i continued, “and i have to restate that your grades in all the other classes are a’s and b’s.”

“but –”

i had his grades pulled up on my computer. “you’re taking advanced math, a college-level english course, and several other high-level courses. you’re acing all of them except for mine. broadcast is the easiest class on your schedule because i don’t give you homework, i don’t assign a lot of essays, and i grade you on what you do in the hour you’re here. this is a career class where showing up on time and doing the job is main focus of this class.”

he took a deep breath, his eyes searching the air above me for an argument. “but i am very tired, and i can’t –”

“but you’re passing every other class! i need to know why you can’t put in the effort every morning to do what you have to do. it’s not hard, you’re one of my best writers, and you’ve done well every quarter except this one.”

“is there anything i can do to raise my grade?” he pleaded. his face turned a deep purple as his hands began to shake. his eyes were sunken but alert, and his hair was combed but shaggy.

i thought about doing what i had told myself i would not do — raise his grade out of pity. but i managed to put my foot down. we would see what would happen if an unstoppable force met the immovable object.

“the quarter is over,” i said with resolve, “there’s nothing left to assign.”

his body began to shake visibly, and he took short gasps of air.  i maintained my adamant composure, but my insides screamed, “mercy!”

he didn’t move from his position, but i came up with an idea. “go to the counselor. tell them to drop you. if they won’t do it, i will talk to them.”

“jacob. why are you always acting?”

acting. if only they knew. teaching was never my first choice as a profession. growing up, i had heard that those who do, do. those who can’t, teach. if teaching was ever in my future, it would only happen after years of working in a successful career. i would, and only could, teach from example and experience.

but i have come to a fuller understanding that a man may make his plans, but God will establish his steps.

after a few years working as a freelance photographery, an opportunity came up to teach at a regional occupation program. i became a part-time cte (career technical education) instructor. when my director saw that i had worked at a computer repair shop, she asked me to take on computer science courses.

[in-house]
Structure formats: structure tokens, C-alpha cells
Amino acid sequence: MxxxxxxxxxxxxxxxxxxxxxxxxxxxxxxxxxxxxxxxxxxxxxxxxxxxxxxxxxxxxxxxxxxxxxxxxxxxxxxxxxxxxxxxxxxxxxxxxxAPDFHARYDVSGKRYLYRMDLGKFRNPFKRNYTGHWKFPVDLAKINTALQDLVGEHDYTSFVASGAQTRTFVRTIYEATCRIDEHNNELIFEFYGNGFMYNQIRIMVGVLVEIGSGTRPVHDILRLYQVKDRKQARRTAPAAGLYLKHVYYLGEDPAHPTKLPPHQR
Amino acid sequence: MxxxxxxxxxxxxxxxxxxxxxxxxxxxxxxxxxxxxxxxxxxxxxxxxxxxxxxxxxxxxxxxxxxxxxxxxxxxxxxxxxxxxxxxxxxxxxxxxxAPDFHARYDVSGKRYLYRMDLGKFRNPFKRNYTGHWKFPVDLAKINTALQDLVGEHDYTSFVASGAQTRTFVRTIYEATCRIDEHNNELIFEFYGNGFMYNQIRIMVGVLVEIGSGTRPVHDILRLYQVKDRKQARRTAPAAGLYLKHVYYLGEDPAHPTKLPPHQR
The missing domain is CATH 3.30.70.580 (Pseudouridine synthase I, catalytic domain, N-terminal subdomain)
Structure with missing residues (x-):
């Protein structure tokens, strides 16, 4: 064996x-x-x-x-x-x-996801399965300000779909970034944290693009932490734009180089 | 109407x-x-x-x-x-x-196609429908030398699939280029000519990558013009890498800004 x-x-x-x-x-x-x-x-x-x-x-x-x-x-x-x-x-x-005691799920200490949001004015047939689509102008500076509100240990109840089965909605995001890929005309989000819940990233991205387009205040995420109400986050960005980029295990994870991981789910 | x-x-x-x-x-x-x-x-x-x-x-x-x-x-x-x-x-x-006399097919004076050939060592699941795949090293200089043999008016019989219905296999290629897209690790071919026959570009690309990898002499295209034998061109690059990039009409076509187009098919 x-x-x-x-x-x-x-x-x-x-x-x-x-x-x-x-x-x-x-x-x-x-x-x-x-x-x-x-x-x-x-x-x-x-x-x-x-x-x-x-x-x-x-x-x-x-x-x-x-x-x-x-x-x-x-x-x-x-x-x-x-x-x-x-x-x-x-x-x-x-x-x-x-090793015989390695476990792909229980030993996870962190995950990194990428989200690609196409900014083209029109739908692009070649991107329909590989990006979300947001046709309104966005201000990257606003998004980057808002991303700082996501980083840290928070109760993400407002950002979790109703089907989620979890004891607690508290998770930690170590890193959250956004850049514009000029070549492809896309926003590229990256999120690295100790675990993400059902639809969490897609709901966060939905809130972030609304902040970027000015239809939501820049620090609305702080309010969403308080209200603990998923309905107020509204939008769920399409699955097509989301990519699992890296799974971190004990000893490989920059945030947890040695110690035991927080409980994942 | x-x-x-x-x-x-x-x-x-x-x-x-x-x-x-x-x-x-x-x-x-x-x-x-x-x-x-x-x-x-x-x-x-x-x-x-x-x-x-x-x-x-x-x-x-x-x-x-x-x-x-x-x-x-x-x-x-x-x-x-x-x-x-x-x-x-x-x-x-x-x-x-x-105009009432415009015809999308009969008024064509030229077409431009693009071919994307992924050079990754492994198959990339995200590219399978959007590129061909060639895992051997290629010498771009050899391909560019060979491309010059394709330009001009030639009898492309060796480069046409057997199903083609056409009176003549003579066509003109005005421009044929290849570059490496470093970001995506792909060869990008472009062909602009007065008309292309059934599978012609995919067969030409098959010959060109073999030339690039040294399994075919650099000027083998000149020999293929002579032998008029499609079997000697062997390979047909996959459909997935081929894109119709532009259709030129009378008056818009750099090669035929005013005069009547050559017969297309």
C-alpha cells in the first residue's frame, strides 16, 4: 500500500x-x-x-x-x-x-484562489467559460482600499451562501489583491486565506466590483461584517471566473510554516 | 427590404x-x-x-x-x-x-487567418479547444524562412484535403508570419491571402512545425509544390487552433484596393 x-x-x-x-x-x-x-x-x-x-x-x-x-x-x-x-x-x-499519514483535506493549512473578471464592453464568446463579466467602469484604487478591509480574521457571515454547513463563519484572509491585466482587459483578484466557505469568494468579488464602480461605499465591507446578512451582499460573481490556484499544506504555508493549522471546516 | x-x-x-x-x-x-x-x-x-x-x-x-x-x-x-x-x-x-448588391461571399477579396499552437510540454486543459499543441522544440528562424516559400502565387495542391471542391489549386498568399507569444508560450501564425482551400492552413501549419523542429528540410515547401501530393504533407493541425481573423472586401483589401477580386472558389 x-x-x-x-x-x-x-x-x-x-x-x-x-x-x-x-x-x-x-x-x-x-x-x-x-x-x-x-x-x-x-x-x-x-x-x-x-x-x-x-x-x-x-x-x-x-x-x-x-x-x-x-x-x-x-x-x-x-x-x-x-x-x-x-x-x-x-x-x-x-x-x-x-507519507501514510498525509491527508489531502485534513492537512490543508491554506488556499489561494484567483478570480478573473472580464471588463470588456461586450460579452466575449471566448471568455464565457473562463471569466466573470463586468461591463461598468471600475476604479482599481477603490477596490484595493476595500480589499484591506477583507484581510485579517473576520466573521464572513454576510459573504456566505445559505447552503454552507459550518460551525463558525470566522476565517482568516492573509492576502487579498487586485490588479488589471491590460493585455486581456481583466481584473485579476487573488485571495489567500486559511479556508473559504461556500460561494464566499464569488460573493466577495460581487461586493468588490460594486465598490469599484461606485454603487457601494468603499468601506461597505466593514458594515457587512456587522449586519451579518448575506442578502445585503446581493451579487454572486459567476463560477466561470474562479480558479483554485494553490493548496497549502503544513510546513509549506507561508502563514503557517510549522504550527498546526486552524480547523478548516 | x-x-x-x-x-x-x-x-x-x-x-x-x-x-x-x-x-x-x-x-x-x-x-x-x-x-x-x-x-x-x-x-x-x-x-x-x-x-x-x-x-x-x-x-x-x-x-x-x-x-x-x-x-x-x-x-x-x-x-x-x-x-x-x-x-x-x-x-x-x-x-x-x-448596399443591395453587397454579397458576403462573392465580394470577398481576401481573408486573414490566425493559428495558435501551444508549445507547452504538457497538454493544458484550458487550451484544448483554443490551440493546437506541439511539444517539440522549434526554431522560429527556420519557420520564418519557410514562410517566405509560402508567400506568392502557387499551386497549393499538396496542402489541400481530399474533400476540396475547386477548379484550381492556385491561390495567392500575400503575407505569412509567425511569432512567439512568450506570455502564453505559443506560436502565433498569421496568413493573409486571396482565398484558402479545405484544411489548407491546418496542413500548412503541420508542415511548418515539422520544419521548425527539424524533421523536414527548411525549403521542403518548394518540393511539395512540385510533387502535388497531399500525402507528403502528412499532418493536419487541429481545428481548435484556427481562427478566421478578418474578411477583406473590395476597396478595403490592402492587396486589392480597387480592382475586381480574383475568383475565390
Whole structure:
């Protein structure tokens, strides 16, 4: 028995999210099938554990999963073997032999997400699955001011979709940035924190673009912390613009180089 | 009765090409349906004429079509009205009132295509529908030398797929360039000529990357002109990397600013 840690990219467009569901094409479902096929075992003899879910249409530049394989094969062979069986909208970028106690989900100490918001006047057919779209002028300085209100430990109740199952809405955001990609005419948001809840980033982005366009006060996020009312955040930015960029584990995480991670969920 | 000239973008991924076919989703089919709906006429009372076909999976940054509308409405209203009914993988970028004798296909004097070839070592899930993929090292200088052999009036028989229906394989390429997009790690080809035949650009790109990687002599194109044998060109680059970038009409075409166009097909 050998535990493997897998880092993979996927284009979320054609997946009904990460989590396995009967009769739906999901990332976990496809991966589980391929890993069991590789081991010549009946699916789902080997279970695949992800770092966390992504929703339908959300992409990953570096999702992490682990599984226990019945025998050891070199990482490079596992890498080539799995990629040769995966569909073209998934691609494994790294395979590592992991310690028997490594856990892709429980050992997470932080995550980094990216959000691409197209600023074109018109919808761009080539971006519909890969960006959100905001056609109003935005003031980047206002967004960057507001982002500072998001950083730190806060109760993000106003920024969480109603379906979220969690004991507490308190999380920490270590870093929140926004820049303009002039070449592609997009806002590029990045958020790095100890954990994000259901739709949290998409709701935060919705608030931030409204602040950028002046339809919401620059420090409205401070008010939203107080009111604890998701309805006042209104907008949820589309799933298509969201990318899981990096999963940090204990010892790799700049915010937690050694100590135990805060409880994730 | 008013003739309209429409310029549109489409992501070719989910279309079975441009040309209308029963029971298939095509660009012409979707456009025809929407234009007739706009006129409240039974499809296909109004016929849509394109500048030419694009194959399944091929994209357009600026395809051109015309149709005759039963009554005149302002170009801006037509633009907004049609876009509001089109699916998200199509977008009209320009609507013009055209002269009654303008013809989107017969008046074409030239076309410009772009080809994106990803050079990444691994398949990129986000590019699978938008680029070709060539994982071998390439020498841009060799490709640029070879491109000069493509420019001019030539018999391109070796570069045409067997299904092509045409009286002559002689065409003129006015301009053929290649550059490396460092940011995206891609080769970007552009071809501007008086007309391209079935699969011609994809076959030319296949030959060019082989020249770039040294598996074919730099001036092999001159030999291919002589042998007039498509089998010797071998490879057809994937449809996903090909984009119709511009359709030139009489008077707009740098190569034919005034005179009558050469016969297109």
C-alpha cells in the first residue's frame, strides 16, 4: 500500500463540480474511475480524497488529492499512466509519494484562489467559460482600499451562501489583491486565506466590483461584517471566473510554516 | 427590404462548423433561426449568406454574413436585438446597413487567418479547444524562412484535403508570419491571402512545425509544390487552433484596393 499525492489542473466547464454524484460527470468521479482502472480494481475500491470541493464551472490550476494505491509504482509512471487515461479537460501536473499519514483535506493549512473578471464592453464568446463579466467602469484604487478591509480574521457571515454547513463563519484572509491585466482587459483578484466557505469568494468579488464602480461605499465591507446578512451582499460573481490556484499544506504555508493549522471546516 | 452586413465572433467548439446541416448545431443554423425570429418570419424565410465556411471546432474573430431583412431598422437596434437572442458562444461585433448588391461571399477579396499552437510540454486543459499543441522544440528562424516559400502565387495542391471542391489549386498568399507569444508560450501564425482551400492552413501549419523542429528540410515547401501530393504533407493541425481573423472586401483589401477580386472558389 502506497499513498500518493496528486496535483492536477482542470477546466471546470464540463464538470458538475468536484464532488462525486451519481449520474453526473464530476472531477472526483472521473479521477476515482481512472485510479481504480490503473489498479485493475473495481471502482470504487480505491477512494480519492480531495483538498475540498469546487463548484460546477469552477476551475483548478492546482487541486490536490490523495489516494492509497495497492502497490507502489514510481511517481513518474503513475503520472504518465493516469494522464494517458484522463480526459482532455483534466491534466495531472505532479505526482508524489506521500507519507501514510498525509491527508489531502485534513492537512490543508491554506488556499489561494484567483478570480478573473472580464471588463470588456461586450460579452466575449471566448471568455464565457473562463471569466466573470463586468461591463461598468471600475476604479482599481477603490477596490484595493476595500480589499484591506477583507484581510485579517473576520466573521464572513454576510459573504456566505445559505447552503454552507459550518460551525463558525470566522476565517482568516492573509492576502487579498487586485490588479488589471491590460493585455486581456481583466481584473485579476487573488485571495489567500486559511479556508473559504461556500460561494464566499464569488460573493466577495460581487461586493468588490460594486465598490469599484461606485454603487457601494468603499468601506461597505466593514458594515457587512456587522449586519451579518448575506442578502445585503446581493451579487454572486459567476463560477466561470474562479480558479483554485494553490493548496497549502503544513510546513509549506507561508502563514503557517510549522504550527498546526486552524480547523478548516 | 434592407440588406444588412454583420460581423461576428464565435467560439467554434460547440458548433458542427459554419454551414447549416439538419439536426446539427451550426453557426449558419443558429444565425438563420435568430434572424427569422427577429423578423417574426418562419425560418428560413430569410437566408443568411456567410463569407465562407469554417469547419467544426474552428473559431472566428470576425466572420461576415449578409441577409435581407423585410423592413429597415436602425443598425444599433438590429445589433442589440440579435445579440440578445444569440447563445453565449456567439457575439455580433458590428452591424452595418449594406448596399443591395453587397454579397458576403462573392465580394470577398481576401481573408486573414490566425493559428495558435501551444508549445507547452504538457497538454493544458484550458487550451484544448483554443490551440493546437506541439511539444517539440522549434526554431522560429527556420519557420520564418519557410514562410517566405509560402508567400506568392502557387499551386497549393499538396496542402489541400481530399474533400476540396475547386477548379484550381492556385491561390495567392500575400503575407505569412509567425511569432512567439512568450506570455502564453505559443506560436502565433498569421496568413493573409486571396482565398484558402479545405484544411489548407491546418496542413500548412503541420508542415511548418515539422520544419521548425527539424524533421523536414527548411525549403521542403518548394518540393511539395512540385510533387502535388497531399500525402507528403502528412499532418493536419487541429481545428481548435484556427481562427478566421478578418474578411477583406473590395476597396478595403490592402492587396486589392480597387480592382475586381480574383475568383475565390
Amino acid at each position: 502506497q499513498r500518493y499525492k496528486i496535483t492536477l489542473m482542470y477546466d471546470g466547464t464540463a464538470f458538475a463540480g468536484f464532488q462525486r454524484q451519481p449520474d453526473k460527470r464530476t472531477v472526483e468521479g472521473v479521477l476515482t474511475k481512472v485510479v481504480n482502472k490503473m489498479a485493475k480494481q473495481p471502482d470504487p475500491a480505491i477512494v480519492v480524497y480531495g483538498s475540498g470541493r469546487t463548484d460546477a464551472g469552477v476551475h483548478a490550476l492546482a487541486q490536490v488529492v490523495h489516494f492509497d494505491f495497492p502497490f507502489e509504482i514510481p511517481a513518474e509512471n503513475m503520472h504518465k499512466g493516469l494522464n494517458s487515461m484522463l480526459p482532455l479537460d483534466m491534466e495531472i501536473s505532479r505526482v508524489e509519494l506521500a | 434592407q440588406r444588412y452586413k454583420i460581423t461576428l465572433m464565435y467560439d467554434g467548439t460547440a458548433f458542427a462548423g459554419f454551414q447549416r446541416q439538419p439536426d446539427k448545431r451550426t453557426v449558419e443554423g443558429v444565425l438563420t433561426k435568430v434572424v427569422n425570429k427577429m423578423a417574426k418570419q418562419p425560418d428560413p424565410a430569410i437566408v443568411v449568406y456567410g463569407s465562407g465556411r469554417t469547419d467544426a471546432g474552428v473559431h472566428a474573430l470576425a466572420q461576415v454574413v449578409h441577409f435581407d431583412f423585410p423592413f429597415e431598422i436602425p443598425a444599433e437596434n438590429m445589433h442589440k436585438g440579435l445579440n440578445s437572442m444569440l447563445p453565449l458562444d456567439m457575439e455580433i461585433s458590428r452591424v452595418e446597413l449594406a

now, i’m a teacher with a lot of hobbies. and i had a lot of students who brought the fight to me every single day.

“get to work!” i said, angrily at the student.

“i always do work.”

“then, let me rephrase — go do some work that’s actually good.” it sounded harsh then, and it sounds harsh now. but i had fought in many battles with this particular student who made it his mission to work off the grid. he never signed up for the important headlines. instead, he would show up on the due date with a set of videos no one asked for, and i thought no one wanted.

“what’s this?” i would ask.

“a review on a rap album.”

“who’s the rapper?” when he named some obscure rapper i would query the class, “has anyone ever heard of this guy? anyone? no one?”

he would hover until i dismissed him. “fine. i will accept it.”

over the course of the year, we would constantly butt heads. our exchanges were always the most bitter, the most loaded.

“you’re a snake, jacob,” he once told me.

i answered every challenge with a quick reaction that tested his motivations, his statements, his facts. “tell me what i did. what did i do, huh?”

“you gave the other student a camera, but you said no to me.”

“that’s because he was going to film something for the class. you, on the other hand, were going to film something for your own personal use. i would rather you get your work done and not screw around working on personal projects you don’t turn in.”

“that’s messed up,” he said, walking away.

i always had to have the last say, “just do what i tell you, and there’d be no problems!”

he used to walk into my class during other periods. for a few weeks, i only saw him in first period, and he stayed a considerable distance away from desk.

one day, while a group of students and i were talking, he joined us. while we bantered and discussed topics that had nothing to do with the tasks at hand, he posed a question that caught me off guard.

“why are you always so hard on me?”

i didn’t respond right away as several conversations were going on at the same time. when the mood shifted, most of the students left to return to their desks. as he turned to follow them, i stopped him.

“you know why i’m so hard on you?” i said, “it’s because you’re all talk.”

“what do you mean?” he asked, elongating the end of his sentence.

“i still remember what you said to me when i first met you. you said, ‘whatever you want, let me know. i’m your guy.'”

“i remember that,” he said, “and i do work every week. i do more work than everyone else in this class.”